Starkweather: Haha! I do have a retro setup, but it's pretty compact, minimalist and not at all designed for this kind of work. It's made it a bit of a headache to drag multiple TV sets into our small TV room, with cords and controllers covering the entire floor, but that's the reality.
I am in the process of trying to create something more permanent and functional with space for more than one set at a time though.
Getsu Fūma Den (1987, Konami) - Famicom— CRT Pixels (@CRTpixels) April 14, 2021
RGBPi Raw Pixels vs. Sanyo DS13320 Composite
"We're getting a new Getsu Fuma Den." Is definitely not something I thought I'd be hearing in 2021! pic.twitter.com/nFbZseDI6v
What has the response to your work here been like so far?
Starkweather: Overwhelming. People have been so incredibly supportive and kind, but my favorite responses are those from younger folks who have never seen these games they love on the displays they were designed for. There are 20-somethings these days who never had a CRT in their house.
Hearing that someone is seeing a favorite game of theirs in a new way makes it all worth it for me. There has been a critical vocal minority, but that also just comes with the territory. Niche hobbies like this attract passionate people and I think some feel I'm attacking their preferred way to play.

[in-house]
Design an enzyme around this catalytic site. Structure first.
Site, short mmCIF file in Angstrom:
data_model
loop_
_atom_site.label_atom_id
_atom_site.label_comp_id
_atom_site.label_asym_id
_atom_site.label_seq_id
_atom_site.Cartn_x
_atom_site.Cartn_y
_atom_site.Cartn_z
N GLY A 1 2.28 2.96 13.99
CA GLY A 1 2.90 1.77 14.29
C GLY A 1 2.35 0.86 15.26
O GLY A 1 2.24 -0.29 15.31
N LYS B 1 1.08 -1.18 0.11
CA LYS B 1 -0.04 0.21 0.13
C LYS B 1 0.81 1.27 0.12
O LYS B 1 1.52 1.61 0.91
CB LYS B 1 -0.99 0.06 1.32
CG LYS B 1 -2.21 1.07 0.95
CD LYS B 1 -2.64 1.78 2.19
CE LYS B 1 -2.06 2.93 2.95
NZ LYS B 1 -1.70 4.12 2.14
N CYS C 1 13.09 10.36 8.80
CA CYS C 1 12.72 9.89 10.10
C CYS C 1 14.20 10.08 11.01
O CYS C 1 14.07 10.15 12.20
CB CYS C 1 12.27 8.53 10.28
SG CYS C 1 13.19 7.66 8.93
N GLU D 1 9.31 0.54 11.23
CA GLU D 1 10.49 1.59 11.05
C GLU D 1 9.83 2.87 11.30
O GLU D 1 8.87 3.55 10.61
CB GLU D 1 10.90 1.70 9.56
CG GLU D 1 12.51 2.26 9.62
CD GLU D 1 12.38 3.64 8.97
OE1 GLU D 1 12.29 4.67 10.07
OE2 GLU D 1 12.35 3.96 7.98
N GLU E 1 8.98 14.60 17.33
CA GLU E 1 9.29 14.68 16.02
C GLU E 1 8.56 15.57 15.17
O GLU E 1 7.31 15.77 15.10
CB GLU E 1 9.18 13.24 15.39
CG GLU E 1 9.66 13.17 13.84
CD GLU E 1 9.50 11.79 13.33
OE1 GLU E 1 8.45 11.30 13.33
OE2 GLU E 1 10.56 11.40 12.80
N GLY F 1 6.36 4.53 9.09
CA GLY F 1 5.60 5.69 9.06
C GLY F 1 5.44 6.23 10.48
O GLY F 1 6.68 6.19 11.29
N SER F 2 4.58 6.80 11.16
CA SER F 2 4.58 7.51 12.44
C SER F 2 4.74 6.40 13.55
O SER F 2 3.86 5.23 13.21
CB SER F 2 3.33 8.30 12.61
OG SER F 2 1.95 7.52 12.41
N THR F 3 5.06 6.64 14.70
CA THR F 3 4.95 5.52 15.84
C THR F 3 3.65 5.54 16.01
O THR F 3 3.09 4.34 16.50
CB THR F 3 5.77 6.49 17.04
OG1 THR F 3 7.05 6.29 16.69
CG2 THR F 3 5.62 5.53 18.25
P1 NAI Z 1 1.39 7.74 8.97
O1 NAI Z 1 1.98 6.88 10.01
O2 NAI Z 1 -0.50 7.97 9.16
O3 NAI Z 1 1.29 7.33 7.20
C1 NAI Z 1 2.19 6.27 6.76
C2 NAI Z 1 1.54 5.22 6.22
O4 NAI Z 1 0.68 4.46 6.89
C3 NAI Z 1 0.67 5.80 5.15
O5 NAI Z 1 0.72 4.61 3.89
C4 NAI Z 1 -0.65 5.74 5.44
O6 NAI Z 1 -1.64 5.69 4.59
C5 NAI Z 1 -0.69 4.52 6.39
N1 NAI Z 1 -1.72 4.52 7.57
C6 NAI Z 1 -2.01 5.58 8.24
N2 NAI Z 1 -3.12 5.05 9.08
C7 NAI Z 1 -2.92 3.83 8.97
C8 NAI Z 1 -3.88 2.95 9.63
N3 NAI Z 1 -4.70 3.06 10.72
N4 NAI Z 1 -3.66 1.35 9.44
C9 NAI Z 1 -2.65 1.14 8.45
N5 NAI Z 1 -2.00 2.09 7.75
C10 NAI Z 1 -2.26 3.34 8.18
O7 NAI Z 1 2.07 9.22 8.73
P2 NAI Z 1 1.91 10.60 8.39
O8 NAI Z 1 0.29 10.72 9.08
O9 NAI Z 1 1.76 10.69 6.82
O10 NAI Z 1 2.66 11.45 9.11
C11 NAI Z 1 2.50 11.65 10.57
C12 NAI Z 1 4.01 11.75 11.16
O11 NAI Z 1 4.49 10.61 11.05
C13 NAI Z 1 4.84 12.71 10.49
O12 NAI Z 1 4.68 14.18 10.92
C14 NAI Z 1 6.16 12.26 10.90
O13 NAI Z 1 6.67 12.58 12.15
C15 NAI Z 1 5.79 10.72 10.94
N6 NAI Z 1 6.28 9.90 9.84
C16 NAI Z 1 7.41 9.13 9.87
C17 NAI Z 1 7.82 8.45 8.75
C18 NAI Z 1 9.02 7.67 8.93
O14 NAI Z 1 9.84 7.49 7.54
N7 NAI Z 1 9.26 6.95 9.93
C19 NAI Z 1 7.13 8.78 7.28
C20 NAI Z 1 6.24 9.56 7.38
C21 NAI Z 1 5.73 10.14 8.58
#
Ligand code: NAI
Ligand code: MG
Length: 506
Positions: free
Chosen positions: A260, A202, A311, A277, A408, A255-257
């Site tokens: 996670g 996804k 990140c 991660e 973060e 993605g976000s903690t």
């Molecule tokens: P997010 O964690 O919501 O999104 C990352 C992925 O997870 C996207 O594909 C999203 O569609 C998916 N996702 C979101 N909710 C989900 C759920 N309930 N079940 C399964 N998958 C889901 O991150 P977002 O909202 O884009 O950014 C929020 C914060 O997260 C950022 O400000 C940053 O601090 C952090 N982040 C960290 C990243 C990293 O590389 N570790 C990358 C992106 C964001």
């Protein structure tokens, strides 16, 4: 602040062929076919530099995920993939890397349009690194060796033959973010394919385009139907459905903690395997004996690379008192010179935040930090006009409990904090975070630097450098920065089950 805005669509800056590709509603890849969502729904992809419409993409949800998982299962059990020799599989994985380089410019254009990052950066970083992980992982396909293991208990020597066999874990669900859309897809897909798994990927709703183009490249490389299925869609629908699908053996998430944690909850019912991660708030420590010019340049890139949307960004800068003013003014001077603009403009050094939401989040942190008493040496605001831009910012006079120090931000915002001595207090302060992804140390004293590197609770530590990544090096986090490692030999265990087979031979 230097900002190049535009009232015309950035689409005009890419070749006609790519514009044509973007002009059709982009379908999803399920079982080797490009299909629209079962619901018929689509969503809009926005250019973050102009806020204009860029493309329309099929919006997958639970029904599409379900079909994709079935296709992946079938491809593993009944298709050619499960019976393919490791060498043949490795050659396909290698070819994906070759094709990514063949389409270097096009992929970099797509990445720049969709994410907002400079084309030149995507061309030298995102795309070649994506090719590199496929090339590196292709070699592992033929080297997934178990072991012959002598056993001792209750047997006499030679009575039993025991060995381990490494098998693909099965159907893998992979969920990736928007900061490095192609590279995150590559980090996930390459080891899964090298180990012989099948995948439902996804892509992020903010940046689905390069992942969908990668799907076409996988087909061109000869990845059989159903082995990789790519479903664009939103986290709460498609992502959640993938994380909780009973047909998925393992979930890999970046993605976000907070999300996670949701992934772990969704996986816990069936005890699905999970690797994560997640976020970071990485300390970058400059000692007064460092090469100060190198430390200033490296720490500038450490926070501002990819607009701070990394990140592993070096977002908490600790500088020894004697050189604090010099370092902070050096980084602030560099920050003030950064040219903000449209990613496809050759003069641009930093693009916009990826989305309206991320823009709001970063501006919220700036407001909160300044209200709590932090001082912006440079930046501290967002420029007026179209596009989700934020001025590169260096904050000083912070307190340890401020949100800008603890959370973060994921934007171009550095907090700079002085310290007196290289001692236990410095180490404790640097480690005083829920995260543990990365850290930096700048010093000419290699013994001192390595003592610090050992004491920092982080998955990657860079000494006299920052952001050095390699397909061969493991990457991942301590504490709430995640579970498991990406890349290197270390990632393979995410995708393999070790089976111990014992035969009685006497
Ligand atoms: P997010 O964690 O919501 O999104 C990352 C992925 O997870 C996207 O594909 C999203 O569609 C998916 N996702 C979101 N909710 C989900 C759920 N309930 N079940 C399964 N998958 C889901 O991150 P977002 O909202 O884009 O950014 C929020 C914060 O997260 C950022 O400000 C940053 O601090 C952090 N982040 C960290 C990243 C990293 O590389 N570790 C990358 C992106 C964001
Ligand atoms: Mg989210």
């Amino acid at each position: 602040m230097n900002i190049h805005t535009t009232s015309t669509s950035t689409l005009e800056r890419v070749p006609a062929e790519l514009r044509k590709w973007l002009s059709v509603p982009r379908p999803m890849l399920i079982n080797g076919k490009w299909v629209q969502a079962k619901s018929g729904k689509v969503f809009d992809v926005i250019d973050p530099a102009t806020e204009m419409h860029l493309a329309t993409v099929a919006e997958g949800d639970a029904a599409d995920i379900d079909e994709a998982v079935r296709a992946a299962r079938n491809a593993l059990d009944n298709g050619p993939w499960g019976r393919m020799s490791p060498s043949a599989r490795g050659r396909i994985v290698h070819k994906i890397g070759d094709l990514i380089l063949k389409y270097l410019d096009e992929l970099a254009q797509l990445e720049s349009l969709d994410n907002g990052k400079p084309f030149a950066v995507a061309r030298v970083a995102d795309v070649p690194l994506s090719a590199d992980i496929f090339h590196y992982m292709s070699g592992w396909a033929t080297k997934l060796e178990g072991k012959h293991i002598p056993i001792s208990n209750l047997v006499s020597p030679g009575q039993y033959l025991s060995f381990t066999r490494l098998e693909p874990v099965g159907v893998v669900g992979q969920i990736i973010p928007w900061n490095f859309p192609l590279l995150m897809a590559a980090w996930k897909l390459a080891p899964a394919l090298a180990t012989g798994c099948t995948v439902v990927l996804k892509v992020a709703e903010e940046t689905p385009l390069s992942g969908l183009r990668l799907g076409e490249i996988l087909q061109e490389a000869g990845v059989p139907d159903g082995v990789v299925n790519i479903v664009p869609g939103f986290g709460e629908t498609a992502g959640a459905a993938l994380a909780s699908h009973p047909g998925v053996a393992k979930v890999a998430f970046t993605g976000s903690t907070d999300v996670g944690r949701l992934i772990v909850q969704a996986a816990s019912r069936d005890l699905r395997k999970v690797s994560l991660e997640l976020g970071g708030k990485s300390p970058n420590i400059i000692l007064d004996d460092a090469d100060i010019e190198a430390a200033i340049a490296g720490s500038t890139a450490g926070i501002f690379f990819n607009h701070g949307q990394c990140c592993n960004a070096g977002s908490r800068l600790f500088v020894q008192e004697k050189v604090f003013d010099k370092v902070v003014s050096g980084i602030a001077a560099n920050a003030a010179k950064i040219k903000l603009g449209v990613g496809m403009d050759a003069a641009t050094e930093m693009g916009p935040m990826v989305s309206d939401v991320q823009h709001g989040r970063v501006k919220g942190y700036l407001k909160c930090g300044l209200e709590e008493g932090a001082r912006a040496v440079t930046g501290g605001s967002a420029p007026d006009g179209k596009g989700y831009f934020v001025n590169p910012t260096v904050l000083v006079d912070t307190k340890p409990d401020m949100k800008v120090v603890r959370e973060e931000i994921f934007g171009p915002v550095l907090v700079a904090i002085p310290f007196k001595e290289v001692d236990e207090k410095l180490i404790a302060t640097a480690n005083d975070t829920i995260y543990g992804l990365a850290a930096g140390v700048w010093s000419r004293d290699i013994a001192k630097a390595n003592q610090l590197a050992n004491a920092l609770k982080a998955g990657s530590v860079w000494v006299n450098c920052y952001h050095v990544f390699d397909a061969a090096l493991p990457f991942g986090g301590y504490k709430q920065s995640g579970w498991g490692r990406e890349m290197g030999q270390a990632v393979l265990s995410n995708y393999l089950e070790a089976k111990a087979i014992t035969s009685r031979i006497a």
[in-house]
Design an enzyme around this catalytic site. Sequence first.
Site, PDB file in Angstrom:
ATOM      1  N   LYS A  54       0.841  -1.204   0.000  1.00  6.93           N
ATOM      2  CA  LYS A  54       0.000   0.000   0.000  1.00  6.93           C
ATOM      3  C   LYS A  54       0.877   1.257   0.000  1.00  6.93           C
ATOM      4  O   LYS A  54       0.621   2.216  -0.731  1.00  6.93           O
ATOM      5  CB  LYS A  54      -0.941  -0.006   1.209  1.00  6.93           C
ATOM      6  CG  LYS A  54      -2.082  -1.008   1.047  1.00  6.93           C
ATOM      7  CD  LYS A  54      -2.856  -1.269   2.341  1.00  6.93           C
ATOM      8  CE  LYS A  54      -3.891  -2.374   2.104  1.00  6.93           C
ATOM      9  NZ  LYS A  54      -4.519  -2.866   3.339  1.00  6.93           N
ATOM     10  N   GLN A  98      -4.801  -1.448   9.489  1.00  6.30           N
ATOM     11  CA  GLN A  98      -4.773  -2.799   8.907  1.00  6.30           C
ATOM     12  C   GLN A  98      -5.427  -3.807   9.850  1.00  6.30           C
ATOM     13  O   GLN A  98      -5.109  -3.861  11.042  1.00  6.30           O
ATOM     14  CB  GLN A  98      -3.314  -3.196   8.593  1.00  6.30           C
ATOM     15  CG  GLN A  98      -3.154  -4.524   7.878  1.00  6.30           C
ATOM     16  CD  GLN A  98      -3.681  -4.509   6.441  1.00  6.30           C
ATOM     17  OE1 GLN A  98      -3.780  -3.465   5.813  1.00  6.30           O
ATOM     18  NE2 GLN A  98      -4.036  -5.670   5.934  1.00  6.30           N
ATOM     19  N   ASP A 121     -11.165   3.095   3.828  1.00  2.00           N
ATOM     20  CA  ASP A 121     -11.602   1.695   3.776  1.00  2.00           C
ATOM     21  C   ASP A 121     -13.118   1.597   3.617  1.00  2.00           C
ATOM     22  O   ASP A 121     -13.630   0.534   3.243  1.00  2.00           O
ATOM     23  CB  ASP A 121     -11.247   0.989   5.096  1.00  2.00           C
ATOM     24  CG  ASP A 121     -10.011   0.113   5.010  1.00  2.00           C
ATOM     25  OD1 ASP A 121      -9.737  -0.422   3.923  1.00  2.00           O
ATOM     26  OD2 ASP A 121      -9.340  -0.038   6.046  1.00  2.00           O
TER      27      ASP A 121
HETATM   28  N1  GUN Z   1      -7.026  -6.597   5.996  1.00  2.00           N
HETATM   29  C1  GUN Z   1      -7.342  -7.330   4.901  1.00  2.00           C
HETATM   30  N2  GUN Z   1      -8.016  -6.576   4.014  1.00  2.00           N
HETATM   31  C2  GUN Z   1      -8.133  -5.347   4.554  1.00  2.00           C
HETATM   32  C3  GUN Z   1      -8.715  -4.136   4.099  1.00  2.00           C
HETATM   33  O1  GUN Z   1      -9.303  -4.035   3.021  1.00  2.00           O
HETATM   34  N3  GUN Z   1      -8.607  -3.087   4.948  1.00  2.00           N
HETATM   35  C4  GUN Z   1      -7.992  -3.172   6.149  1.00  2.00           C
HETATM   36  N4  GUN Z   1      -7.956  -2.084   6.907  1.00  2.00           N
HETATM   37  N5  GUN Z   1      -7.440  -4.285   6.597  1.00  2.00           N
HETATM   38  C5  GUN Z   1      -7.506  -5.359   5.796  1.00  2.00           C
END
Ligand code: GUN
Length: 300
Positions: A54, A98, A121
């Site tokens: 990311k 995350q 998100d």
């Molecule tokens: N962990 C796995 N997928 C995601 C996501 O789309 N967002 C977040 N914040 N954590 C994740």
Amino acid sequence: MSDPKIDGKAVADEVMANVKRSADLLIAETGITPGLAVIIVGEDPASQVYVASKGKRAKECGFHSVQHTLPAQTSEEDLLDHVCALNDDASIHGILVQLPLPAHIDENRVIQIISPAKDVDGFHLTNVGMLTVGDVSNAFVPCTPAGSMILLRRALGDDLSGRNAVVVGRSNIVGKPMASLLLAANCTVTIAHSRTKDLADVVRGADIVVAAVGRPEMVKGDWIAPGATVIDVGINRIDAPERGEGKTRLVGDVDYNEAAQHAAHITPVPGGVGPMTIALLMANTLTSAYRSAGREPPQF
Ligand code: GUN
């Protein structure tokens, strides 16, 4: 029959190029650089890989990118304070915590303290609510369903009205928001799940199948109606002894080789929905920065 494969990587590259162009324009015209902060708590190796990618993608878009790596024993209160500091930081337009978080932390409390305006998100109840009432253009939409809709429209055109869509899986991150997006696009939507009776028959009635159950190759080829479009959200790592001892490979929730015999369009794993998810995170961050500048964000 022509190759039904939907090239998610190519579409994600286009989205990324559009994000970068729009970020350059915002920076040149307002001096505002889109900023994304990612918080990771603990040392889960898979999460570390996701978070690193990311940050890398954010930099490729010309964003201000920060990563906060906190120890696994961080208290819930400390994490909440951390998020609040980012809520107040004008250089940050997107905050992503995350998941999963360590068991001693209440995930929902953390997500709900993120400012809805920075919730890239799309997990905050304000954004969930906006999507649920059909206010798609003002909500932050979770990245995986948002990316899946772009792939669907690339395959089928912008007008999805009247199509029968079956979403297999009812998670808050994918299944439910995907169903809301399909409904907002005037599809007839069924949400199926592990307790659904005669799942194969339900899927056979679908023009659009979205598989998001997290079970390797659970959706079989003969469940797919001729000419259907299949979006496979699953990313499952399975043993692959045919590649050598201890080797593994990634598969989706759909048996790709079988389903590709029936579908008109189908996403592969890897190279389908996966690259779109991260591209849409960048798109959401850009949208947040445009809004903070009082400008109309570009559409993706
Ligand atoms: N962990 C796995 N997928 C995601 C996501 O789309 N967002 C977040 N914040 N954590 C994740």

This couldn't be further from the truth though as I personally love playing my games on my CRTs and my 4K HDTV. I always try to make it as clear as possible that you should play however [you feel] looks best to you.
Mega Man X (1993, Capcom) - SNES— CRT Pixels (@CRTpixels) March 27, 2021
Raw Pixels vs. PVM-20L2MD S-Video
Mega Man X is quickly becoming another one of my favorite CRT examples. pic.twitter.com/igUHPverLf
The idea here seems to be that pixel art for these consoles were designed specifically for the softening and stretching inherent to CRTs. How do you best explain that to people nowadays?
Starkweather: I think that's kind of the issue! For so long I and others in the CRT community have been trying to explain this in very technical terms, but I think it's best to show, not tell in this case. Even through a photo it is hard to capture just how much of a difference a CRT display makes for these games.
You have to remember that at the time there was no other option. Video games were designed for consumer CRT televisions and the specific inputs those TVs were limited to. The unique characteristics of CRTs were as important to displaying these games as the console hardware itself.
The Revenge of Shinobi (1989, Sega) - Genesis/Mega Drive— CRT Pixels (@CRTpixels) March 14, 2021
PC Emulator vs. PVM-20L2MD Composite
Notice how the details in the metal reflections of this boss' armor and sword blend so seemlessly. Or the fingers on his right hand. Incredible. pic.twitter.com/m0VQXDaEdB
Despite all that, Nintendo most notably offers 1:1 pixel mode for its more recent emulation efforts. Is there any merit in that or are we looking at the other extreme of those awful visual filters we see in some retro compilations?
Starkweather: I think there's value in 1:1 modes for a number of reasons. I use 1:1 screenshots for most of my comparisons for example to really get an idea of how developers planned (or didn't plan) for the 4:3 stretch.